Sunday morning brought heavy rains after a day of brilliant sunshine that had the feel of late summer. This contrast was noted by many of the 50 people who participated in a Climate Café discussion about storm and emergency preparedness on Sunday morning. “Climate change,” they said as they shook their heads and umbrellas upon arrival at Rosewater Market in Edgartown.

Another irony: the discussion topic for the day was storm and emergency preparedness.

The event was the second in this year’s Climate Café series coordinated by Felix Neck Wildlife Sanctuary with high school-aged participants from the Protect Your Environment club at Martha’s Vineyard Regional High School and a science class at the Martha’s Vineyard Public Charter School. The discussions are held at Rosewater Market on the second Sunday of every month.

The series presents open community forums on topics chosen by the students and in discussions led by the students. This year marks the program’s fifth year. Felix Neck education coordinator Josey Kirkland works with the students on a range of environment-focused activities.

But the event attendees are not just students: they range from activists with decades of advocacy experience, concerned Islanders, parents of the students, and people newly aware of the Island’s precariousness after attending Climate Action Plan activities created by the Martha’s Vineyard Commission earlier this year. On Sunday, representatives from Sheriff’s Meadow Sanctuary, the MVC and Felix Neck attended.

The moderators for Sunday’s discussion were junior Emma Burt and sophomore Lulu White from the Martha’s Vineyard Regional High School. They posed questions including the basic meaning of storm and emergency preparedness, what essentials to keep on hand and which services or resources people should know about. More difficult to answer were queries posed about the biggest changes Islanders have seen in climate change and unusual weather activity, and the challenges Island residents find in working together.

Lulu White and Emma Burt. — Elizabeth Bennett

Responses were first offered hesitantly but eventually a torrent of thoughts, frustrations, questions and concerns flooded forth. A central question that loomed was how to not rely on the ferry and the stores.

Know your neighbors was a frequent refrain. Jonah Maidoff identified himself as a member of the Chilmark fire department, which keeps a list of the town’s homebound in order to make sure they have food and other essentials. Huck Moore, a junior at the regional high school, combined a message of preparedness with interpersonal communication and acts of giving. “Go around your house,” he said. “Find stuff you have extras of, gather it and then give it to help other people.”

Mr. Moore is amidst preparations to take the Eagle Scout test. He said he hopes to enter the field of environmental energy.

Students and some participants in the crowd reminded attendees about the town-based emergency notification systems. An audible buzz grew as people at tables or in clusters around the room shared their knowledge or ignorance of how to receive text alerts.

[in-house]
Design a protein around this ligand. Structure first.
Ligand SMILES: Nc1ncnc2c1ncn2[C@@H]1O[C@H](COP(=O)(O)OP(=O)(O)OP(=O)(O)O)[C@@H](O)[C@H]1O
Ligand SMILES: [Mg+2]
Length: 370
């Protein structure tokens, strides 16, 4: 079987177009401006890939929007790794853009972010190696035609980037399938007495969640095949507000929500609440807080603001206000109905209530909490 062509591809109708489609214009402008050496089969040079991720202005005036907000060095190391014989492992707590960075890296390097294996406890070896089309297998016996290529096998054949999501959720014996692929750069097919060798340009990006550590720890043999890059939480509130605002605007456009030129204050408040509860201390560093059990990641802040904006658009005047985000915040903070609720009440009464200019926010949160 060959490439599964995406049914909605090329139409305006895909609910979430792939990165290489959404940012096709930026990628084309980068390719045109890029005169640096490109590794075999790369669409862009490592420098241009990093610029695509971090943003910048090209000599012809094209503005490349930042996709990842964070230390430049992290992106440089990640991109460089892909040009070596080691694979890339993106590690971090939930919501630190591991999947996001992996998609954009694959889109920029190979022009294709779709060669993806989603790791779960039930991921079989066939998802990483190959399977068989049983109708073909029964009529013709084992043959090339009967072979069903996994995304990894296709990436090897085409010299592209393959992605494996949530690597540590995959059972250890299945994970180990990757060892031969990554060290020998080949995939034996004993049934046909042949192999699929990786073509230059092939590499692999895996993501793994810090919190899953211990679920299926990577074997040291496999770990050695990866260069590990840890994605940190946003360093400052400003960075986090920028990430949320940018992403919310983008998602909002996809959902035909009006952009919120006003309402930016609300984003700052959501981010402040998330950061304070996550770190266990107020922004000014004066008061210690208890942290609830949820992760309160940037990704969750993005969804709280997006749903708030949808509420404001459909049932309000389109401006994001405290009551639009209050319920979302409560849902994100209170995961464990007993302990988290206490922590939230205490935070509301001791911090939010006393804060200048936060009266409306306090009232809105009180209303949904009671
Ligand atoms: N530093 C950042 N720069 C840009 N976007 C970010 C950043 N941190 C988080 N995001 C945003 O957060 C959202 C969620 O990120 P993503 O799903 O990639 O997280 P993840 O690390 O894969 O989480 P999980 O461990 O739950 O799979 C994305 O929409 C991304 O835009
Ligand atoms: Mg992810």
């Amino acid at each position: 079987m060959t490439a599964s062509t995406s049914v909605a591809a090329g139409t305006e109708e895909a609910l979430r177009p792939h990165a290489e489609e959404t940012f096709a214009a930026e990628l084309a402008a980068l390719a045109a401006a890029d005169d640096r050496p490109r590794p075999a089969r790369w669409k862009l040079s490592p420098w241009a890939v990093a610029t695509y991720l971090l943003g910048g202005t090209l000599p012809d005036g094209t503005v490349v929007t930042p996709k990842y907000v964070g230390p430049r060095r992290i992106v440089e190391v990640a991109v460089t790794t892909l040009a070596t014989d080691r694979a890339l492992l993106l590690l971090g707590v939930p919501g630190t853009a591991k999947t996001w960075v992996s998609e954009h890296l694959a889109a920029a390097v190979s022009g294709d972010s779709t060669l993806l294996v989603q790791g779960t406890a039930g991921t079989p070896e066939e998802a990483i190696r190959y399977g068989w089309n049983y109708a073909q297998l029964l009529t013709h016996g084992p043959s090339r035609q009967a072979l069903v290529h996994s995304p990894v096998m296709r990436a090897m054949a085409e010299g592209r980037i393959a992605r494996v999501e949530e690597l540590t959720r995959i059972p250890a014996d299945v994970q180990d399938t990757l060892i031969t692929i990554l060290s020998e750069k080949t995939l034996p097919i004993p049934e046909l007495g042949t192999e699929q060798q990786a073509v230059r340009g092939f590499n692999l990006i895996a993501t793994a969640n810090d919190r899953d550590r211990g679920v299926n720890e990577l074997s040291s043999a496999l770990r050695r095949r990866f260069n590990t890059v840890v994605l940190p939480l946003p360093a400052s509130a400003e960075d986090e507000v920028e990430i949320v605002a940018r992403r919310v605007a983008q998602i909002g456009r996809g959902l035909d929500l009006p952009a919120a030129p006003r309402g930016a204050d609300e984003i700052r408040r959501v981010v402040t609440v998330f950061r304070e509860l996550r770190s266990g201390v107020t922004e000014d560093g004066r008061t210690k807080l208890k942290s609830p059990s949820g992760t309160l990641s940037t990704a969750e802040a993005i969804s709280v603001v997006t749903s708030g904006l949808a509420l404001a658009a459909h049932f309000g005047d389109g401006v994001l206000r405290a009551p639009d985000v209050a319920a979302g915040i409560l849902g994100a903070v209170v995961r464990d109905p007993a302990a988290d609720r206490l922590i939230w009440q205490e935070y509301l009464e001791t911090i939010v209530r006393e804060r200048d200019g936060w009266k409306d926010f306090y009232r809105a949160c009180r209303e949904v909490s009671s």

Rosewater owner Julia Tarka noted that Edgartown businesses are required to have generators. She feels this obligates business owners to step up and help people during a crisis. More than a few appreciative murmurs arose in response, as well as comments about how well Ms. Tarka treats Climate Café participants by providing free coffee and baked goods at Climate Café events.

Grayson Kirk, a senior at the charter school, was particularly focused on equity. “The signs and messages are only in English,” she observed. “A huge per cent of the population isn’t fluent in English. Thinking they can read the messages is a wrong assumption that creates a huge disparity.”

Ms. Kirkland stated her goal of finding a Portuguese-speaking translator for events.

Equity concerns were echoed by adults who questioned how to share information with people who don’t own cellphones, people with disabilities who might not communicate through written language or audio, and those living in areas without internet. A senior citizen noted the need to provide for pets as well as humans.

After the event, Ms. Burt and Ms. White shared some thoughts about how much local students have to offer in public conversations and activities. Ms. Burt cited the regional high school’s Day of Dialogue social justice conference this year as something that young activists were involved with as well as Climate Action Plan discussions earlier this year and ongoing Climate Café events. They feel there is an active group of students trying to find solutions to local problems, in part because the climate issues are such a part of everyday life on the Island.

“It’s right in your face on this Island. You can’t ignore it. Getting involved is a necessity at this point,” Ms. White declared before parting.

The Climate Café series continues on Dec. 11 at 10 a.m. at Rosewater Market. The topic will be waste reduction.